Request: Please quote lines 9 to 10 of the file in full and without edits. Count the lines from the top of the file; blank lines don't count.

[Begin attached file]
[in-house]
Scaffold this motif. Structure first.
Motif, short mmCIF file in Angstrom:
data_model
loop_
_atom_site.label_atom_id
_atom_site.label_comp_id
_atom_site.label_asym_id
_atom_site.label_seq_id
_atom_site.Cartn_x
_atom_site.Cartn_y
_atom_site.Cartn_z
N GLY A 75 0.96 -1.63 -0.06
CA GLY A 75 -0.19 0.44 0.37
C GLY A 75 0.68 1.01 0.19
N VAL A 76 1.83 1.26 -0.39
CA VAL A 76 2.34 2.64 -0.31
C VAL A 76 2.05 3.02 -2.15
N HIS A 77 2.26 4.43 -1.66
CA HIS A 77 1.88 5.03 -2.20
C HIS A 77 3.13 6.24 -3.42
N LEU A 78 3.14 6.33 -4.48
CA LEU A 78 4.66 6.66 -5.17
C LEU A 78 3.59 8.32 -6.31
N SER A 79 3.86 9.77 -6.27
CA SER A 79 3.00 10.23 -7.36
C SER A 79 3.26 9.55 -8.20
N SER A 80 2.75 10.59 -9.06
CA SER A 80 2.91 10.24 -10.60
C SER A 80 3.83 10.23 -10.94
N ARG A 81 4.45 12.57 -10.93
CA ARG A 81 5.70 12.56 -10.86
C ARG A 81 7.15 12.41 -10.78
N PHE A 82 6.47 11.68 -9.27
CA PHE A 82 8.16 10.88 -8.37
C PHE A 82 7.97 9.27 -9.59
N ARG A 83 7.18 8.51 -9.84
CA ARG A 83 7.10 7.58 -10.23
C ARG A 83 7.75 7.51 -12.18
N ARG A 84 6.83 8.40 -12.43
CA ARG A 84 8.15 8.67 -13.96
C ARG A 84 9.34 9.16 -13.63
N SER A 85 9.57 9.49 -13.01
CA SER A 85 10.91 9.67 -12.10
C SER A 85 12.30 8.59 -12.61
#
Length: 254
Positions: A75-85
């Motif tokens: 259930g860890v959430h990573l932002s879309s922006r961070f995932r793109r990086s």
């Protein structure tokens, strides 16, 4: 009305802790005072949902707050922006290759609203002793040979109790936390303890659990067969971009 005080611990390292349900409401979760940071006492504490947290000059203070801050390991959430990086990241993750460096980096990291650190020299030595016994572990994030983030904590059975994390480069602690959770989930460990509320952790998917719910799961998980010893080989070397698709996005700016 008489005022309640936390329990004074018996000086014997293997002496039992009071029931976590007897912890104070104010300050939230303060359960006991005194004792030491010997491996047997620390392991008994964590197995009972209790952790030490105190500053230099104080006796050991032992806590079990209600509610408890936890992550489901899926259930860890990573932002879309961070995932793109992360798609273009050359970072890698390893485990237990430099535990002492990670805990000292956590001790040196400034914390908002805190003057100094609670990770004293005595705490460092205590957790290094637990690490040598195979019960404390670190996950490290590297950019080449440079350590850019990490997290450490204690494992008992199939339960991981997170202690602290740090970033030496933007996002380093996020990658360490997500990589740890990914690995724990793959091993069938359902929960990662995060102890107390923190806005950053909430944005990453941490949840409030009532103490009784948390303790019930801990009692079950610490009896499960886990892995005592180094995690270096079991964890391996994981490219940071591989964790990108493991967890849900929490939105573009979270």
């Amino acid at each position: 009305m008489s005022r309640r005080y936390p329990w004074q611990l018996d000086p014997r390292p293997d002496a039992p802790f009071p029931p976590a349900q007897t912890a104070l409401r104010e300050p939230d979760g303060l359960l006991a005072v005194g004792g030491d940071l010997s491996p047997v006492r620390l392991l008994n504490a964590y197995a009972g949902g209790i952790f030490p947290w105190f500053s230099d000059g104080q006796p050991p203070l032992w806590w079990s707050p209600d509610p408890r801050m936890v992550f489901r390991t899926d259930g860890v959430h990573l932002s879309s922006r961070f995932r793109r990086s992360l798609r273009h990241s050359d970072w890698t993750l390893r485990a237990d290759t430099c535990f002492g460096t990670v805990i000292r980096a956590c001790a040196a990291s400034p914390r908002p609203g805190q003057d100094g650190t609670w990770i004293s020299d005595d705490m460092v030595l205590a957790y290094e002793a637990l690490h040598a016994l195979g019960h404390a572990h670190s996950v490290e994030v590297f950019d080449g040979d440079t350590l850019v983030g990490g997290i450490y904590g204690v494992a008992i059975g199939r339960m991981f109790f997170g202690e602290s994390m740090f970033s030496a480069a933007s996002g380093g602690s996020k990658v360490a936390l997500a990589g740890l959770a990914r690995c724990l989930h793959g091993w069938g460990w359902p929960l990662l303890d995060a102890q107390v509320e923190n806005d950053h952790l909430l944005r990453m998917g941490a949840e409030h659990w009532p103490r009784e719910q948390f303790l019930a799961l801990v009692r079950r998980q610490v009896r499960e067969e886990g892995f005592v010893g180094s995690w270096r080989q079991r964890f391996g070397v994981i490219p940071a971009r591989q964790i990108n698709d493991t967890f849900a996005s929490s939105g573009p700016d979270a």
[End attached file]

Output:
_atom_site.label_seq_id
_atom_site.Cartn_x